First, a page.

Crest of (Translation Error)
While other Digidestined receive crests of very obvious and unambiguous traits, such a love, courage, and other symbols you can buy gimmicky yoga bracelets for, Mimi gets ‘sincerity’. If you grew up watching the English version of Adventure, it’s kind of tough to understand how exactly the importance of her crest is on par with everyone else’s. After all, throughout the series, Mimi isn’t insincere or ingenuine to to others. She doesn’t struggle with an inability to tell the truth. That’s because Mimi’s crest, along with Jyou’s, get seemingly lost in translation for the English localization.
Going by the original Japanese version, Mimi’s crest is the Crest of Purity. The word for purity used is junshin (純真), which is often used in the context of innocence. For example, children are often referred to as or having junshin, meaning that they are fundamentally good, innocent, their hearts are “clean”, and they are incapable of doing wrong. The concept of purity is a rather old one, tracing its roots to Shintoism, the oldest religion in Japan, making it a well-known idea among people of the culture.
jun-: "genuine, innocence"; -shin: "true, reality"
Thus, Mimi’s Crest of Purity challenges maliciousness and internal corruption rather dishonesty. Though contrary to sheltered and privileged environment she grew up in, her intentions, for the most part, are good. In Season 1, it is made evident that she generally dislikes fighting; in episode 43, she is vocally distraught over the deaths of Whamon, Piccolomon, Chuumon, and Wizardmon. She ends up building small graves in their memory, and proclaims that she refuses to fight further as she doesn’t want to lose anymore friends. Despite tensions running high among her peers in the group, her thoughtfulness in taking the time to erect a memorial for her friends, as well as her utmost concern for keeping the ones she still has alive, becomes one of the clearest examples of her caring nature and the “purity” she carries.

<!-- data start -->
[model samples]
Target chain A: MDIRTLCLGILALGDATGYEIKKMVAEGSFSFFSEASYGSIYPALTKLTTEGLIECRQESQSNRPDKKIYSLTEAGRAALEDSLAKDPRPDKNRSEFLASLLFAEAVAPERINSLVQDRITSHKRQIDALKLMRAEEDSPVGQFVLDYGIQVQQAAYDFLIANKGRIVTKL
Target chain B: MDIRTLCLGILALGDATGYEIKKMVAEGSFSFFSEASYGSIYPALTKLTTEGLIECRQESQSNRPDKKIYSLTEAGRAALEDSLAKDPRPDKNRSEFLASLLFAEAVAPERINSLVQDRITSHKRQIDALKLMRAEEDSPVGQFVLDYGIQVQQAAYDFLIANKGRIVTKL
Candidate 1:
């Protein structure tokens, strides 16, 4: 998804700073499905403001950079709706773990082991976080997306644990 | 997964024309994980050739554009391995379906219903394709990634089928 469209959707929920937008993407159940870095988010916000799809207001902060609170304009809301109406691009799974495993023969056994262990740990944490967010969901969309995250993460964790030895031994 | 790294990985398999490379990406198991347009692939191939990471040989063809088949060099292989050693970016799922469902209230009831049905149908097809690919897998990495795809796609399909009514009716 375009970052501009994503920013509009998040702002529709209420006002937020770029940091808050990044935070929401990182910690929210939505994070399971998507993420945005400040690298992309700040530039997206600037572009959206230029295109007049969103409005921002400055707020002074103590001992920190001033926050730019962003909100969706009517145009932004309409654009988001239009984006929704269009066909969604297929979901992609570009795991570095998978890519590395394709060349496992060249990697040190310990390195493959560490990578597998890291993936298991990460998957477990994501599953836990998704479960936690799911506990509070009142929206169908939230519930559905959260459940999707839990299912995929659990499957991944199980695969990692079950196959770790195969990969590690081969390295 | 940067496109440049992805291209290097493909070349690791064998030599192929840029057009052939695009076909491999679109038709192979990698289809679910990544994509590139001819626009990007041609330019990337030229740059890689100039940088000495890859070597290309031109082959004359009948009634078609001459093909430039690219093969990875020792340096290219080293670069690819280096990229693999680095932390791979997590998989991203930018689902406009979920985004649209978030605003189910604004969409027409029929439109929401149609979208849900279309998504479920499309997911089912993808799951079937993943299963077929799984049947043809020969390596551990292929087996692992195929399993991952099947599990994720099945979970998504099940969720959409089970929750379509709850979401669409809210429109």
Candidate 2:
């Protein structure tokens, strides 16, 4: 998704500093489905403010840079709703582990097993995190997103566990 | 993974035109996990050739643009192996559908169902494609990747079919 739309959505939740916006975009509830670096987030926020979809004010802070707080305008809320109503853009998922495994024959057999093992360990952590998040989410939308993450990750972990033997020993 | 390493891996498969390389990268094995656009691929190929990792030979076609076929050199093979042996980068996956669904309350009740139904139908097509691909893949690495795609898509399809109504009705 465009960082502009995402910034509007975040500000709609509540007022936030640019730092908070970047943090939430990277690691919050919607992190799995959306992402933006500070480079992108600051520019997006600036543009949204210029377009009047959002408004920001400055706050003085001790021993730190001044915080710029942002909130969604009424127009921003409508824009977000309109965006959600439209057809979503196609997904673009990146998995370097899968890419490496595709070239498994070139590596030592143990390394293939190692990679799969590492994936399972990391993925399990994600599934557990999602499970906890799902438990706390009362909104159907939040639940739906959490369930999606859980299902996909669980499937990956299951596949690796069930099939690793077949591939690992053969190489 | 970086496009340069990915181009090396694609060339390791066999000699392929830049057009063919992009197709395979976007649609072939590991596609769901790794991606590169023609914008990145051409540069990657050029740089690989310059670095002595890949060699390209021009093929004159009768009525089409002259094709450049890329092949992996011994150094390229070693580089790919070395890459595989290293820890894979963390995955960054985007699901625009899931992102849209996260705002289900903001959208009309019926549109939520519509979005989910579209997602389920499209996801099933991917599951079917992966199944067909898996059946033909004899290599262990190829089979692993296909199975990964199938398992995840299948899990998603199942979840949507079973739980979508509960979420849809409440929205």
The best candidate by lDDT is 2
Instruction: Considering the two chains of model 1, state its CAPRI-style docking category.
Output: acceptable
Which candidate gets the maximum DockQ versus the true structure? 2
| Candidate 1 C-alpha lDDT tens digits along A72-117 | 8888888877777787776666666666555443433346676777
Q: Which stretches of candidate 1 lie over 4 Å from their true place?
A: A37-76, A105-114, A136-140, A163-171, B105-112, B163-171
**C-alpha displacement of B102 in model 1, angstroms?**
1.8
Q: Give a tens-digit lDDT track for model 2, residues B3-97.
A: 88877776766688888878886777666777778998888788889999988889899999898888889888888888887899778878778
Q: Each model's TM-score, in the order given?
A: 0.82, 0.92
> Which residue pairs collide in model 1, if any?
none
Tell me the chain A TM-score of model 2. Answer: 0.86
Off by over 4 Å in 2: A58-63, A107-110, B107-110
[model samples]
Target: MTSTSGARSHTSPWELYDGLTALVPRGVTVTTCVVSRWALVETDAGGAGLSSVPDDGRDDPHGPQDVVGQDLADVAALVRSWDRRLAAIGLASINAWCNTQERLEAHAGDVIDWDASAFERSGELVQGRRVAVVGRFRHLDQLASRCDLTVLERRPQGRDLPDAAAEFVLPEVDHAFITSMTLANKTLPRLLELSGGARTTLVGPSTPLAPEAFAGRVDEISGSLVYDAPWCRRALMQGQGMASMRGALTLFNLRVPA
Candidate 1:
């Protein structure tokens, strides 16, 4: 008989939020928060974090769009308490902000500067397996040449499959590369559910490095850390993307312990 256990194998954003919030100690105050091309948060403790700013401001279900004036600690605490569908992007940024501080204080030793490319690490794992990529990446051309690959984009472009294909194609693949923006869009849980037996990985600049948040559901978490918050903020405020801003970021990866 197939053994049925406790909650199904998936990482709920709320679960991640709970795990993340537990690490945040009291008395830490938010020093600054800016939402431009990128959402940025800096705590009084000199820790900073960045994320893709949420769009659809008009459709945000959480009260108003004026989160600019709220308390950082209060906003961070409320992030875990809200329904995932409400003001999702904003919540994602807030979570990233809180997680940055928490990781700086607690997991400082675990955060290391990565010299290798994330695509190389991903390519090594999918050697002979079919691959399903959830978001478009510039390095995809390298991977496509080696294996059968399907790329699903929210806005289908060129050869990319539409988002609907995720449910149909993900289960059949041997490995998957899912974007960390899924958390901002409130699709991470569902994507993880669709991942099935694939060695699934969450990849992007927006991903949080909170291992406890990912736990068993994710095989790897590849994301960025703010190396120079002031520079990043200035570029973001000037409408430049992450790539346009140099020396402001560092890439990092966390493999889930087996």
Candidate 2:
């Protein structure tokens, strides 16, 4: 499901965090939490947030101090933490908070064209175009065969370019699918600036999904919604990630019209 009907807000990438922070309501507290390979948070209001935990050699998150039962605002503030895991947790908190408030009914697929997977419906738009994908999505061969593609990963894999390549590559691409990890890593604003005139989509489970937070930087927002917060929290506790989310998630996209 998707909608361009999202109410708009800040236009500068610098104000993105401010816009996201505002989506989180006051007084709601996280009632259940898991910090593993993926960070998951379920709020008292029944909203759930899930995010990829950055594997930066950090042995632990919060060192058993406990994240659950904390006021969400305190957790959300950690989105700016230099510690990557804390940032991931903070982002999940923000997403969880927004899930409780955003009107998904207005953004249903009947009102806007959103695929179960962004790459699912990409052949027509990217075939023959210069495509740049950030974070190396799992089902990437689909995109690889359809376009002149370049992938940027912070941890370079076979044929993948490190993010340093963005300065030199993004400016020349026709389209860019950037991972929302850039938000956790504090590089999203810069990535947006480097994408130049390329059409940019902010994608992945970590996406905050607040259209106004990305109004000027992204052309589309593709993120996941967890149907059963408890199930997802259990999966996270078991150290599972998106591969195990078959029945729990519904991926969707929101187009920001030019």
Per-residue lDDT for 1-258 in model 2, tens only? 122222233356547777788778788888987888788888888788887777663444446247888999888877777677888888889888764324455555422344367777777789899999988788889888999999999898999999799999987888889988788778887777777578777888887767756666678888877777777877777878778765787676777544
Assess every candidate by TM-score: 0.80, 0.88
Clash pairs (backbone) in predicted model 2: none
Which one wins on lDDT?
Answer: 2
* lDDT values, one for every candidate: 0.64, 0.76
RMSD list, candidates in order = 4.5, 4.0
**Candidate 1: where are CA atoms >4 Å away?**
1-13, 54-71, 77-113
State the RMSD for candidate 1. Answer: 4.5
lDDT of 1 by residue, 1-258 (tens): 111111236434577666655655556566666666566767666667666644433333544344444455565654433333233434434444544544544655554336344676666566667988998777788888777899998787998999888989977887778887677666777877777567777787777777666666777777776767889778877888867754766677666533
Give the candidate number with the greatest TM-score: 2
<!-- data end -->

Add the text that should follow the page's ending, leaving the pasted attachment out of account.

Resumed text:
There is an understandable reason for why the English localization for the series translated her crest as “Sincerity”. The “purity” the original version intended is a difficult concept to understand, blocked by a literal cultural barrier, as noted above. The intention of the translation was that she was sincere to herself and who she is as a person, and, ultimately, honest to a fault, hence why the translation team may have chosen the word “sincerity” instead. Still, this no doubt may have left the average Western viewer a bit puzzled as to why Mimi’s character arc involved self-sacrifice and her struggle to remain (not become) purehearted.